|Persecution Type:||Islamic oppression|
|Persecution Level:||Very High|
|Leader:||President Mohamed Ould Cheikh Ghazouani|
For Christians in Mauritania, public worship carries a constant threat. Even churches that are largely tolerated have to be careful so they aren’t accused of proselytizing Muslims, and for Christians who converted from Islam, public worship is often impossible. In Mauritania’s tribal culture, leaving Islam is not only religious betrayal, but also betrayal of the tribe and family. Believers from Muslim backgrounds will often keep their faith secret. Because the extended family is often necessary for survival, it is a huge risk for a Mauritanian to become a Christian. If their faith is discovered, they may lose not only their status in their community but also their citizenship.
Conversion from Islam is also illegal. Criticism of Islam in this northwestern African nation can carry the death penalty, though this law has been largely symbolic so far. For these reasons, public and collective acts of worship are particularly difficult. Christian migrants from sub-Saharan Africa or aid workers who make any expression of faith risk being prosecuted for attempted proselytization. Baptisms must often be carried out in secret. Mauritania may be an increasingly dangerous place for Christians, as there is fear radical Islam may be on the rise.
Mauritania rose one point and one rank on the 2020 World Watch List compared to 2019. The total score increased slightly due to an increase in the scores for pressure, showing how hostile against Christianity Mauritanian society has become. Mauritania’s low score for violence may well be due to a lack of reporting that makes its way outside the closed country.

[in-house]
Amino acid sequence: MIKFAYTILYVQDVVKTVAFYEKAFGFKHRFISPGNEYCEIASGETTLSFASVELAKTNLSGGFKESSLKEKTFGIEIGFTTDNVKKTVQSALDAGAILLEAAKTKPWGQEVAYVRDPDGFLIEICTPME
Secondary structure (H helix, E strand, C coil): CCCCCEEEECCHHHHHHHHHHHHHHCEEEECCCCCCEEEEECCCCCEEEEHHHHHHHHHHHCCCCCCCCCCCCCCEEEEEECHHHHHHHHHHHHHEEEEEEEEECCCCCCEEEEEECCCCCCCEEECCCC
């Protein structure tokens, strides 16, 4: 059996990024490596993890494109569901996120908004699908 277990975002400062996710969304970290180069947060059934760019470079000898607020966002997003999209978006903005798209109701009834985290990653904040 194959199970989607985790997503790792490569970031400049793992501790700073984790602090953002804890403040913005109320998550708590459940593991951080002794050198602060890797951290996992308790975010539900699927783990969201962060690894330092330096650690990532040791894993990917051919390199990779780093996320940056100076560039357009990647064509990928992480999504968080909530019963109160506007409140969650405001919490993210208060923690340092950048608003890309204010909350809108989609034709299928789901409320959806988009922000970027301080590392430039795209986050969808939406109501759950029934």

Christian persecution is threefold in Mauritania. Collective acts of worship are particularly difficult for Christians due to the restrictive environment that makes it impossible for believers (especially converts from Islam) to openly meet and hold worship services. Any expression of faith by non-Mauritanian Christians (such as migrants from sub-Saharan Africa or aid workers) also carries the risk of being perceived as attempted proselytization of Muslims and leads to prosecution. Family and societal pressure is especially intense for Christians with a Muslim background. And Christians also face the risk of attacks from militant groups such as al-Qaeda in the Maghreb (Northwest Africa).
Baptisms can only be carried out in secret and many converts from Islam are reluctant to be baptized, fearing discovery and charges of apostasy being brought against them.
Converts that are discovered by their families often feel pressured into leaving the country.
The Catholic Church (being the dominant Christian denomination) is allowed to renovate the interior of churches. However, the renovation of the exterior of Catholic churches and the construction of churches belonging to other denominations are prohibited.
All churches, including the Catholic Church, must operate carefully to avoid accusations of proselytization.
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